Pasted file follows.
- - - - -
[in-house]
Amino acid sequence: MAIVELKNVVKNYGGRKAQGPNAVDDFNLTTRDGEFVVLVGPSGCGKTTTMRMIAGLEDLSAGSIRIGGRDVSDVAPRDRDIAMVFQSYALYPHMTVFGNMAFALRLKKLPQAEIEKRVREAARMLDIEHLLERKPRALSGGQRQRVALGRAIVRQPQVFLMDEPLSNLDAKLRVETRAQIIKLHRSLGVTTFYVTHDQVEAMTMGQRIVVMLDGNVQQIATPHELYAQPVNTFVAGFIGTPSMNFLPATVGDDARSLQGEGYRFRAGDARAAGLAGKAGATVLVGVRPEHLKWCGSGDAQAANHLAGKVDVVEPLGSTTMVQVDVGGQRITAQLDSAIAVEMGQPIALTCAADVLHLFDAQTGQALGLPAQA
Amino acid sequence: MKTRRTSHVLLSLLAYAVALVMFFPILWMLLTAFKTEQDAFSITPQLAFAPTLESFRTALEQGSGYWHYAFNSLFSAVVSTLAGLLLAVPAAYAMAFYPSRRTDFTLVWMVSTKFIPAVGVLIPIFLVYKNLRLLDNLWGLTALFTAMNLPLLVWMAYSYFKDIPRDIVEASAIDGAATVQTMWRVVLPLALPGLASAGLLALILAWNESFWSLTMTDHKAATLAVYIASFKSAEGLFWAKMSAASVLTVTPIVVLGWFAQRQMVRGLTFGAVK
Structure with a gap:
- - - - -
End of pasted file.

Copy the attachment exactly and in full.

[in-house]
Amino acid sequence: MAIVELKNVVKNYGGRKAQGPNAVDDFNLTTRDGEFVVLVGPSGCGKTTTMRMIAGLEDLSAGSIRIGGRDVSDVAPRDRDIAMVFQSYALYPHMTVFGNMAFALRLKKLPQAEIEKRVREAARMLDIEHLLERKPRALSGGQRQRVALGRAIVRQPQVFLMDEPLSNLDAKLRVETRAQIIKLHRSLGVTTFYVTHDQVEAMTMGQRIVVMLDGNVQQIATPHELYAQPVNTFVAGFIGTPSMNFLPATVGDDARSLQGEGYRFRAGDARAAGLAGKAGATVLVGVRPEHLKWCGSGDAQAANHLAGKVDVVEPLGSTTMVQVDVGGQRITAQLDSAIAVEMGQPIALTCAADVLHLFDAQTGQALGLPAQA
Amino acid sequence: MKTRRTSHVLLSLLAYAVALVMFFPILWMLLTAFKTEQDAFSITPQLAFAPTLESFRTALEQGSGYWHYAFNSLFSAVVSTLAGLLLAVPAAYAMAFYPSRRTDFTLVWMVSTKFIPAVGVLIPIFLVYKNLRLLDNLWGLTALFTAMNLPLLVWMAYSYFKDIPRDIVEASAIDGAATVQTMWRVVLPLALPGLASAGLLALILAWNESFWSLTMTDHKAATLAVYIASFKSAEGLFWAKMSAASVLTVTPIVVLGWFAQRQMVRGLTFGAVK
Structure with a gap: